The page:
When Chris Mance walked through the door of Coffee by Design, the memories and conditioning of my past flooded into the room with him. Chris had been a senior at Ohio University and an outdoor recreation major. In May of 2006, he was on a solo for a survival training class. Around 5:00 AM on his second solo day, he awoke and started a small wood fire to cook his breakfast. As he knelt down to blow on the fire, he had an epileptic seizure and fell face first into the fire. The speculation is that he was in the fire for 4-5 minutes during which time the batteries in his headlamp exploded, causing further burns.
Chris eventually regained consciousness and immediately started walking toward where one of his classmates, also on a solo, was camping. He knew that he was hurt, but was in shock and unaware of the extent of his injuries. His friend used his cell phone to call 911 and Chris was transported to a hospital in Columbus, and later to The Shriner’s Hospital in Boston. He had sustained burns over 11% of his body, the majority of which were on his face and some on his hands and forearms.
The Shriner’s is primarily a children’s hospital and Chris was instantly the oldest kid there. Their doctors and nurses help young people from all over the world and support burn victims physically and emotionally. Chris was put into an induced coma to help his recovery during the initial weeks after the injury. Six weeks after his arrival, when his swelling had diminished, the surgeons started the long and careful process of grafting and repairing his face.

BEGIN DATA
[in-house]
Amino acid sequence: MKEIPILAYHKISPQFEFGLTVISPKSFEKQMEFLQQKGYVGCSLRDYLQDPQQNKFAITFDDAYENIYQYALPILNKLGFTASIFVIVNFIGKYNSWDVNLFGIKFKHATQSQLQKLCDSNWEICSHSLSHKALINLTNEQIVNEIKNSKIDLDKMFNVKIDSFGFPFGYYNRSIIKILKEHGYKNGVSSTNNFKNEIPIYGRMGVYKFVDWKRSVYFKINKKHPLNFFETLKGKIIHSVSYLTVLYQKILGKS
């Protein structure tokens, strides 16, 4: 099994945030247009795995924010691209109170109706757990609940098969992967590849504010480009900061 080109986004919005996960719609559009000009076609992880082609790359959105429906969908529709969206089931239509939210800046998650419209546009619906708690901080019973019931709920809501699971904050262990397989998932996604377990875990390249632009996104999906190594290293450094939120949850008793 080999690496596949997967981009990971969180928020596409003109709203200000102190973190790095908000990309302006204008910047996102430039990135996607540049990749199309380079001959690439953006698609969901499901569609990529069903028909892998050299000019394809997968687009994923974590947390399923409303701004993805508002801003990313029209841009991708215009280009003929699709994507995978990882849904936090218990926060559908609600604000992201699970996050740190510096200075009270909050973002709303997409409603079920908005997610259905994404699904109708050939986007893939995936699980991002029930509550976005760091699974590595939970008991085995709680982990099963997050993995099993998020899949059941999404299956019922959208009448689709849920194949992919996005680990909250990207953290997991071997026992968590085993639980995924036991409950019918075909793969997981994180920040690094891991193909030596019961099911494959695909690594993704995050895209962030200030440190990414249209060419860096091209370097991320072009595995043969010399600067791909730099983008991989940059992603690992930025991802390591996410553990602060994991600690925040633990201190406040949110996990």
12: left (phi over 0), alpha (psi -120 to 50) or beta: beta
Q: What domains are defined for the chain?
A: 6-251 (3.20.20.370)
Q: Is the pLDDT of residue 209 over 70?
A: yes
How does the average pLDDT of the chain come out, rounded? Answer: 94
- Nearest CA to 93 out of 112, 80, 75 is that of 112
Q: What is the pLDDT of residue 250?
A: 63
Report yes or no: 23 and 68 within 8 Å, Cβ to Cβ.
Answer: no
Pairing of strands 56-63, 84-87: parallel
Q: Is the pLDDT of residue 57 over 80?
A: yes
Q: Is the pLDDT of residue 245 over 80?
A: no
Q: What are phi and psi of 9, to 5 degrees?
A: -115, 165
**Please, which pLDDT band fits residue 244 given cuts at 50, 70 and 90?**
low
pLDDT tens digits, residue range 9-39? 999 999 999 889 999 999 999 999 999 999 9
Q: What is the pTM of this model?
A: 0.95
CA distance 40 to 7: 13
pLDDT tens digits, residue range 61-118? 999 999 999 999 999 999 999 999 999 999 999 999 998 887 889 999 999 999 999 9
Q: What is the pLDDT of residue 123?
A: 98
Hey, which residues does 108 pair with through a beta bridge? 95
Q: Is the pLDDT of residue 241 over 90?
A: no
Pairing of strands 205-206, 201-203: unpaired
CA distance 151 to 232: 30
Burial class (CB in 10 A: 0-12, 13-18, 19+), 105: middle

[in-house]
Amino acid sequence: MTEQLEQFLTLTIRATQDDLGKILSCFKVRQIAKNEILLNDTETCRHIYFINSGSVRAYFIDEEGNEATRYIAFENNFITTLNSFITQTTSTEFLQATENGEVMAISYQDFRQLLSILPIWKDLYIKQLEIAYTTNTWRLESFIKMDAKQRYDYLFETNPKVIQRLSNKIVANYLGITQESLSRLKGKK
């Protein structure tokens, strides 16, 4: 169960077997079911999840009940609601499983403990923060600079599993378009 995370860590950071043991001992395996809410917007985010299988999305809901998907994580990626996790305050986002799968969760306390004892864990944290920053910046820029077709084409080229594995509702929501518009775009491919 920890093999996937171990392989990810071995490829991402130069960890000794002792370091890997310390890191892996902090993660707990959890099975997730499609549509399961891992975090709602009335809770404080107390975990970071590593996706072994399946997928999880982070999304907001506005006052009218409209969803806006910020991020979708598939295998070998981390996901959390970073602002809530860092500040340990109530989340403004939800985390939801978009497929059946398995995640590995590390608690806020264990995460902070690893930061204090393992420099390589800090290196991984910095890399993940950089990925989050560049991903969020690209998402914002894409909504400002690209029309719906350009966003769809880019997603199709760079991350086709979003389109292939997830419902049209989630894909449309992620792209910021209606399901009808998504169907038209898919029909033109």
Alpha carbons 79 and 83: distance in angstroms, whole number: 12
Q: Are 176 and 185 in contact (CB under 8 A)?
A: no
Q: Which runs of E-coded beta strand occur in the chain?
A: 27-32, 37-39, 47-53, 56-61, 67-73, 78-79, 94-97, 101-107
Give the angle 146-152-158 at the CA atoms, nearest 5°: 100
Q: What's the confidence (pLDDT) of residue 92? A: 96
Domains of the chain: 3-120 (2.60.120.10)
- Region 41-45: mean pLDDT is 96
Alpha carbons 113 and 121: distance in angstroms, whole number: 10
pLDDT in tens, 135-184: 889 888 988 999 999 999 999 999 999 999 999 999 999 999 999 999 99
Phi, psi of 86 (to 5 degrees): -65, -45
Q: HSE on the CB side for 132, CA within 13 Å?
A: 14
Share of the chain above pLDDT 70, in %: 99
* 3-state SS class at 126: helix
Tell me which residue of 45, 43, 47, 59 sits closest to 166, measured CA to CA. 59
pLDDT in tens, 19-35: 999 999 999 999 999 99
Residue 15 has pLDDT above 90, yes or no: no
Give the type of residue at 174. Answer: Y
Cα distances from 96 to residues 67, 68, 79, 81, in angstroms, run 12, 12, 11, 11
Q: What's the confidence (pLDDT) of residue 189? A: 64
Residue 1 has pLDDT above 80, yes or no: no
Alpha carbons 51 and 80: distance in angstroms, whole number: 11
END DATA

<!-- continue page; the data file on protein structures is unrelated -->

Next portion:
This delicate process needs to be done in stages to maximize acceptance of the new skin and to minimize the infection. In the fire, Chris lost his eyelids, lips, eyebrows and nose. Tissue that has suffered burns is very delicate and very sensitive to touch, to heat and even to certain chemicals in the air. The physical healing process takes time and repairs have to be done in many stages.
In July of 2006, Chris was able to leave the hospital and to return home for the first time in many months. The time to heal and the schedule of surgeries over the next four months meant little time outside and very limited activity. During one of his checkups, his mother, Martha, read a Down East Magazine article, featuring Two Roads Maine. Two Roads Maine is dedicated to supporting those in transition by offering opportunities for personal renewal through the healing power of solitude, nature, and community. It offers a variety of activities such as kayaking, canoeing and meditation as well as time spent in the natural world in community.